After recovering from the fire, the county area experienced another settlement boom. Within the decade following 1910, nearly every 100 acre plot was claimed.
The new arrivals pushed settlement into the interior of the county, moving further from the railroad and the waterways. Bankton, Lovedale, Pilgrim Hall, Faunce, Hiwood Dutchie and Clover Point were a few of the post office communities that appeared in the newly settled regions. The wilderness trails that wind through the southern half of the county pass by the sites of these former villages and farms which have all been reclaimed by nature.
Much of the land that the settlers claimed was low and wet but an elaborate scheme to drain these regions was put into action. Beginning in 1912, dredges began digging their way across the swampy areas, excavating the Judicial Ditches that were supposed to leave the land dry and suitable for farming. The plan failed however and eventually many of the parcels were abandoned. Taxes for the ditches became delinquent and the county was forced to default on the loan it had received for the ditch work. The State of Minnesota eventually took up these payments and acquired title to the lands, thus creating the Beltrami Island State Forest.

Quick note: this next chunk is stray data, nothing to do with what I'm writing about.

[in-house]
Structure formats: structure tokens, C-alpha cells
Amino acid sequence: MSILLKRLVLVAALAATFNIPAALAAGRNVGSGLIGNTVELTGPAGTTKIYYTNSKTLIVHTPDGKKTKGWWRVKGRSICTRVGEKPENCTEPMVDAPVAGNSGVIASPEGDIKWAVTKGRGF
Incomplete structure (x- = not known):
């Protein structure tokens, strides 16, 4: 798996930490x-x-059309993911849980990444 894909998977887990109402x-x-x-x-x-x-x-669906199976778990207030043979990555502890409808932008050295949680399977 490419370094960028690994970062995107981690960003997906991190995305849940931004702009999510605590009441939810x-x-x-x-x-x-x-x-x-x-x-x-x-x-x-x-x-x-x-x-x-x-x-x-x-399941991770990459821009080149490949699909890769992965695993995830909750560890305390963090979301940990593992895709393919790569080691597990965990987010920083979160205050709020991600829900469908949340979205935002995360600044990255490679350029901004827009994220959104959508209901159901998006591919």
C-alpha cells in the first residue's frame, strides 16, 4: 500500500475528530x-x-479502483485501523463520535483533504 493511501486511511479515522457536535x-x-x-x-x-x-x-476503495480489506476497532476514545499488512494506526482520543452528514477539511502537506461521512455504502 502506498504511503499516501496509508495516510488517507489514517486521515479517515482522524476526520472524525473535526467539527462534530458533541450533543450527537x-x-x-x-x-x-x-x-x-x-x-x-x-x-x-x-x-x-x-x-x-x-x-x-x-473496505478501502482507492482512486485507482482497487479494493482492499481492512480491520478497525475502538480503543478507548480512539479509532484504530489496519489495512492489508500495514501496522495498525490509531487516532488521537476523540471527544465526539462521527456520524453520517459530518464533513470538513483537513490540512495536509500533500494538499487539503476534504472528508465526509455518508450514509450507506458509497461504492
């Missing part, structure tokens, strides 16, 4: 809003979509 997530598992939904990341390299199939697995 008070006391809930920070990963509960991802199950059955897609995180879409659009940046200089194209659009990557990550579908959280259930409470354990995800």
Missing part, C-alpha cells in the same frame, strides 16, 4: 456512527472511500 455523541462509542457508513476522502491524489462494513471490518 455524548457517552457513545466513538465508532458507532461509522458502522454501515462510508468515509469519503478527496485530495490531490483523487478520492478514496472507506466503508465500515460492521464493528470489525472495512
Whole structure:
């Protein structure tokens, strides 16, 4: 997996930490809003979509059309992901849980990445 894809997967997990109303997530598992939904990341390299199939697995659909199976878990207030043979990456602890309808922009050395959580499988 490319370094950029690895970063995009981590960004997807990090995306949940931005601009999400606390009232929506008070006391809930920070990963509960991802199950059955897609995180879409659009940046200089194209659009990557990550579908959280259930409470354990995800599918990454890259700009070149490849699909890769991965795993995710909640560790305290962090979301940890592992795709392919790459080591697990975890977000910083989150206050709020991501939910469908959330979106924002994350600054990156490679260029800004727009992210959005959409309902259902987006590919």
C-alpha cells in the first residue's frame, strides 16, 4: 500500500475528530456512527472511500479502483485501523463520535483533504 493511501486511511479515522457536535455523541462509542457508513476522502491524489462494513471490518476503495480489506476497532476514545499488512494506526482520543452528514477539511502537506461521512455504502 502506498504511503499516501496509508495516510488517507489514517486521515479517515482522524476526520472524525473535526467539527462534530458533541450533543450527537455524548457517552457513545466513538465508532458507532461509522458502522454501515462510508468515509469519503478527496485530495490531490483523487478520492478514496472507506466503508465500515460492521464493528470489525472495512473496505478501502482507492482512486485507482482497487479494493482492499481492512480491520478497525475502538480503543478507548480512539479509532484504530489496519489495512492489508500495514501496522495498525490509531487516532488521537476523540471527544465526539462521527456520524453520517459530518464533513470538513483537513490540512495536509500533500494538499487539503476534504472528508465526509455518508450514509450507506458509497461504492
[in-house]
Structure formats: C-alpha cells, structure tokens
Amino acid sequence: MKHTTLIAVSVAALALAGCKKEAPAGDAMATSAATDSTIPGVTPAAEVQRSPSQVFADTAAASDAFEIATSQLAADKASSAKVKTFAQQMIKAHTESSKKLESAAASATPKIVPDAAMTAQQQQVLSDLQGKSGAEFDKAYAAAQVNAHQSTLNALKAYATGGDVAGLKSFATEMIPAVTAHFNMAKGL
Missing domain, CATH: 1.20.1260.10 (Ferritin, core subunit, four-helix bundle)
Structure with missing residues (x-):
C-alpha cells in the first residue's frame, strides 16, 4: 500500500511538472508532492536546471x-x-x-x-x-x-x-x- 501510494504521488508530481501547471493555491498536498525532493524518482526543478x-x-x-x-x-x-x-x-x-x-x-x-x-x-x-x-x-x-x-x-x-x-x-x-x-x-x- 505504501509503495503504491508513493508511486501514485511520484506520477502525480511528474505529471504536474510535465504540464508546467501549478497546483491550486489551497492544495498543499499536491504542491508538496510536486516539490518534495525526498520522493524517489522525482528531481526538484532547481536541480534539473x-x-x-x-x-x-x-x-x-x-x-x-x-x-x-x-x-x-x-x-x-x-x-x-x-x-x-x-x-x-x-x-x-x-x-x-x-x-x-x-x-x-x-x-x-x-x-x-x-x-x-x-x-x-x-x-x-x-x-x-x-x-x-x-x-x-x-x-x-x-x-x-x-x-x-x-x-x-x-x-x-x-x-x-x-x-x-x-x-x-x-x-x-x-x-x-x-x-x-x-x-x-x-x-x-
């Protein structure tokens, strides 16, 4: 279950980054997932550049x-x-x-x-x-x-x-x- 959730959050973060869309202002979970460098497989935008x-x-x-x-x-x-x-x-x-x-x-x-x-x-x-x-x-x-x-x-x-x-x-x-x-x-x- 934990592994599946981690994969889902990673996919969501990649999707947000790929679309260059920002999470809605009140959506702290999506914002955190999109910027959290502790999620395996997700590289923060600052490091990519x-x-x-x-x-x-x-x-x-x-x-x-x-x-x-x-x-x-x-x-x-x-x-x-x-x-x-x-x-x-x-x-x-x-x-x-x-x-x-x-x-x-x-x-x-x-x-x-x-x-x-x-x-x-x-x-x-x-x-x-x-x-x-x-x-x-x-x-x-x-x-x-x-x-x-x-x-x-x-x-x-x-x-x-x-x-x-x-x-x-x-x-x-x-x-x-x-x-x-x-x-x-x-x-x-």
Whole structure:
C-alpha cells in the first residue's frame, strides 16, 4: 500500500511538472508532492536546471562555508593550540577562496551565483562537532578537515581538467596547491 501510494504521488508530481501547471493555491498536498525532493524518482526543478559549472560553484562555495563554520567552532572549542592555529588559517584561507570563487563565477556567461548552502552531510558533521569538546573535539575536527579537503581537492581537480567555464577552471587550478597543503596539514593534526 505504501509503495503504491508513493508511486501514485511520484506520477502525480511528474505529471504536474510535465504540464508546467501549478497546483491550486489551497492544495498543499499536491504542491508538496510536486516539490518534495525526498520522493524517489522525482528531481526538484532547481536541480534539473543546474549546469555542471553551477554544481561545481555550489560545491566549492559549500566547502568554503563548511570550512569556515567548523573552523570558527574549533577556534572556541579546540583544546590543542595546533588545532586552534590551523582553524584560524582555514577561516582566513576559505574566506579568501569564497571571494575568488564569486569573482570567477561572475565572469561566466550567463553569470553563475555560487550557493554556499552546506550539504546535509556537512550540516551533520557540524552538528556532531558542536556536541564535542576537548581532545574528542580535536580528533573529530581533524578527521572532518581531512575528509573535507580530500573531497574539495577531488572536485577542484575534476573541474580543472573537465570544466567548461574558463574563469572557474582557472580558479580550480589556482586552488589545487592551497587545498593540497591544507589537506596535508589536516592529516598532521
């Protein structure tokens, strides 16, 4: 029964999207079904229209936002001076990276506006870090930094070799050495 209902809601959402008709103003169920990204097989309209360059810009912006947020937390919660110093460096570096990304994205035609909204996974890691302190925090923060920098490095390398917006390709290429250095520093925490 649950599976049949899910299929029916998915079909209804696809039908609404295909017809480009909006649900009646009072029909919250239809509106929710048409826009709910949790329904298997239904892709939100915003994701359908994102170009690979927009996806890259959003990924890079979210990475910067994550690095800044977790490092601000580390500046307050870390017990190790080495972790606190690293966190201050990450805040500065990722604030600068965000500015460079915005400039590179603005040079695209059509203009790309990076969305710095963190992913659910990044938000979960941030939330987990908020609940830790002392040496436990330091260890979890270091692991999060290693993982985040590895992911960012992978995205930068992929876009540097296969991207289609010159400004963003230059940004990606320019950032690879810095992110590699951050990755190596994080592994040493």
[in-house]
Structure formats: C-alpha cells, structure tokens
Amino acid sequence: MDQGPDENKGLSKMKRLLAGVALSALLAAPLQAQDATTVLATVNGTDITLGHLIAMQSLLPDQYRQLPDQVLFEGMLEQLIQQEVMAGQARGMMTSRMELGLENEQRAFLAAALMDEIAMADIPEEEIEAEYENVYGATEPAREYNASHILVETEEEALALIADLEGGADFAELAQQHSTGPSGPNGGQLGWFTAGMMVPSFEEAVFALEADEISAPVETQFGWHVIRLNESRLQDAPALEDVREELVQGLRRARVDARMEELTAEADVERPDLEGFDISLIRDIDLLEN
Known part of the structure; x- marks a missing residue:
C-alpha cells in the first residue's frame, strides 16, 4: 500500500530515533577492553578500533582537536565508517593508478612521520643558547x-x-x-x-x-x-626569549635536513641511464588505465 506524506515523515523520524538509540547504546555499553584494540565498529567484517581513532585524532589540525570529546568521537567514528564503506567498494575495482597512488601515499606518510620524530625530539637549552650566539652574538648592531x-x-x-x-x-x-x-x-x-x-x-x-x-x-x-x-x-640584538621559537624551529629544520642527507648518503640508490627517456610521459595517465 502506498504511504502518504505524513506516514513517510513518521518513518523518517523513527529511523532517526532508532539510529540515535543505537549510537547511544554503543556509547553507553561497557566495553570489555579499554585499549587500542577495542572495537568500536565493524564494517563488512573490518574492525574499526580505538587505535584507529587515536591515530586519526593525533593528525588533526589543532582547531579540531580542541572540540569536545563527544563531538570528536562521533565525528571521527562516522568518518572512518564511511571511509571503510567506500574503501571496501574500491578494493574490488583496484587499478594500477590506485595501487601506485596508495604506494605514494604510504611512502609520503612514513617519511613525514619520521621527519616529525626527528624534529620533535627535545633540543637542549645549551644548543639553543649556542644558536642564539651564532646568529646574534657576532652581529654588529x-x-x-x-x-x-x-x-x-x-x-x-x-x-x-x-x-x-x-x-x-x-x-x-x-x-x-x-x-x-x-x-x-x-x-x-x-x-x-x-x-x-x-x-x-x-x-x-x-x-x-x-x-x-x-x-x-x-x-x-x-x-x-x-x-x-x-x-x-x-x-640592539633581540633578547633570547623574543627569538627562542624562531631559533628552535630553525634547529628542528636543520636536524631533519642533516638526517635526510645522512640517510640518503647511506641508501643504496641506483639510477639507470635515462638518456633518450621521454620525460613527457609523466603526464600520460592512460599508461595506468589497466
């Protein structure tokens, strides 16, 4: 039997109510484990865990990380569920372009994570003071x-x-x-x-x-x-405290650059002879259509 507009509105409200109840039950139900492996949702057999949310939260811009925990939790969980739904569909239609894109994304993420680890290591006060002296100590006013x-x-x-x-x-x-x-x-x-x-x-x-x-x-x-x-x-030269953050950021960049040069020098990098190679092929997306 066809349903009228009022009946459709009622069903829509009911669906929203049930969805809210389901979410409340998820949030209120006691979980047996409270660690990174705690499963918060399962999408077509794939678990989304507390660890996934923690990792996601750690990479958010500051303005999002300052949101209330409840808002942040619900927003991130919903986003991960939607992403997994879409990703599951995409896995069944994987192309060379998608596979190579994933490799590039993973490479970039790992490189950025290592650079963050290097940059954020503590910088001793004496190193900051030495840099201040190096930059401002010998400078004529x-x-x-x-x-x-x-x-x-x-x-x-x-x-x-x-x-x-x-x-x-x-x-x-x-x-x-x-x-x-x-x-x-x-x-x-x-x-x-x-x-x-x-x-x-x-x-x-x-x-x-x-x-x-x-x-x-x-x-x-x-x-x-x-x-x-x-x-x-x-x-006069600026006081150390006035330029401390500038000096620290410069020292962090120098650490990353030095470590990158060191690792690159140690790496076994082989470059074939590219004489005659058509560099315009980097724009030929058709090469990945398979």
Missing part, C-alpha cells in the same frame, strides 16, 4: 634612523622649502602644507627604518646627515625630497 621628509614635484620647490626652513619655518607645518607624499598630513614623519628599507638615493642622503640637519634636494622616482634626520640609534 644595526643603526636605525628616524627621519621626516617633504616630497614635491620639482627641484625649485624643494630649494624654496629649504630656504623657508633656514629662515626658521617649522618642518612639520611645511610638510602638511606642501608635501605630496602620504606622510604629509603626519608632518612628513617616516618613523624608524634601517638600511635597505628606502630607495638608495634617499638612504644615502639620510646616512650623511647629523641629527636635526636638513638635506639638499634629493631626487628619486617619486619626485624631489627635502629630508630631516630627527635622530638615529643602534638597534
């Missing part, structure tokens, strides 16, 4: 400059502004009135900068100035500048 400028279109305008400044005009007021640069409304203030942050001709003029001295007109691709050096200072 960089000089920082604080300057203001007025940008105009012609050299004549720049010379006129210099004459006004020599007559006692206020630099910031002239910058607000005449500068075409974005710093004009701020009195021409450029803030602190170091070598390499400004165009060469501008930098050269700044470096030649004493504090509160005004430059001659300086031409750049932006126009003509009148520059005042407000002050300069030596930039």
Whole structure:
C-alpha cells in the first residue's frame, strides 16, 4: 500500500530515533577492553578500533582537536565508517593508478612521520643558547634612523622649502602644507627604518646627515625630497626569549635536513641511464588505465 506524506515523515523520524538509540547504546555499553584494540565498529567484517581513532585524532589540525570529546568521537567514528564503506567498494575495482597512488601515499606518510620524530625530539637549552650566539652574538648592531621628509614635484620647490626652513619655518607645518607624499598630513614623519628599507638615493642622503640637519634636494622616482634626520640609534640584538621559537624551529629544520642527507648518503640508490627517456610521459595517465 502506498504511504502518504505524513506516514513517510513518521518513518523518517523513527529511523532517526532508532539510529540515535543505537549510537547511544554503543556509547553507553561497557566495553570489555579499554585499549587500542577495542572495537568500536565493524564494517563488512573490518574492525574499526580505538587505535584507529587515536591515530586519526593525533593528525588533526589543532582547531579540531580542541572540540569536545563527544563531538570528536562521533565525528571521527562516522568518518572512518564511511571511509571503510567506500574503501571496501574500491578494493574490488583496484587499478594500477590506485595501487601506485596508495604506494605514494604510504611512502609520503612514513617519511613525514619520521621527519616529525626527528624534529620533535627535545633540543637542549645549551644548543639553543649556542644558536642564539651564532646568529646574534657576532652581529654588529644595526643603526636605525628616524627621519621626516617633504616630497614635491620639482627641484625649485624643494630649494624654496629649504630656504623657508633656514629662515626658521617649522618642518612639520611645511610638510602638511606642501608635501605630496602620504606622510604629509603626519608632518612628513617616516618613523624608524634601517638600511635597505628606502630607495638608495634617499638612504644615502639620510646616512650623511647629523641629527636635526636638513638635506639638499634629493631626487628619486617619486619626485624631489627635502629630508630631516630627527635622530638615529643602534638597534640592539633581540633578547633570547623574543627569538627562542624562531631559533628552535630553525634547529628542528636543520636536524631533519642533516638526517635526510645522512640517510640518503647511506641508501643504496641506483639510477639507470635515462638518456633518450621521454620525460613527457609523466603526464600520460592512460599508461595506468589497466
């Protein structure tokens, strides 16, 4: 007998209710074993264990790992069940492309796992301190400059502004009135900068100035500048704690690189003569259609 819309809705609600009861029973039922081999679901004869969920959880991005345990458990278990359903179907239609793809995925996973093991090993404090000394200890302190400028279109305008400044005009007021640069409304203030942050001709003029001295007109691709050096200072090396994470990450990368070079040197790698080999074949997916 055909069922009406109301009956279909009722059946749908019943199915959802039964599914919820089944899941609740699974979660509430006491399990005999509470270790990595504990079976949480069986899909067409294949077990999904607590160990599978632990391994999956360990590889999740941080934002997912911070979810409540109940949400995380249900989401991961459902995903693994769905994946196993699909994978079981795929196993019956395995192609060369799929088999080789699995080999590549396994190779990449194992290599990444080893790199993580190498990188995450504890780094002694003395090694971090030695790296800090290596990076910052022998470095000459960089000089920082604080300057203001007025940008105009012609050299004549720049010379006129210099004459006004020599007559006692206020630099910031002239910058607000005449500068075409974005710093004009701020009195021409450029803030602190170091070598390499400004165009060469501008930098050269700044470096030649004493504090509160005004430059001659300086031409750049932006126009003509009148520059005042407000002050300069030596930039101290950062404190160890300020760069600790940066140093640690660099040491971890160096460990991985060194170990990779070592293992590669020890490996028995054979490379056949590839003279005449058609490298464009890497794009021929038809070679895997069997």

Becoming a County
Local residents were dissatisfied with the services they received from Beltrami County compared to the amount of tax dollars they paid. Being on the fringe of the large county, they felt they were often short-changed. The distance between the northern townships and the county seat at Bemidji and the difficulty in making the two or three day trip to Bemidji by train through Crookston or International Falls contributed to this feeling. In November of 1922, the vote for separation carried. The first years for the new county would be difficult ones. A small population and a depression in the local economy combined to cause financial problems from the start.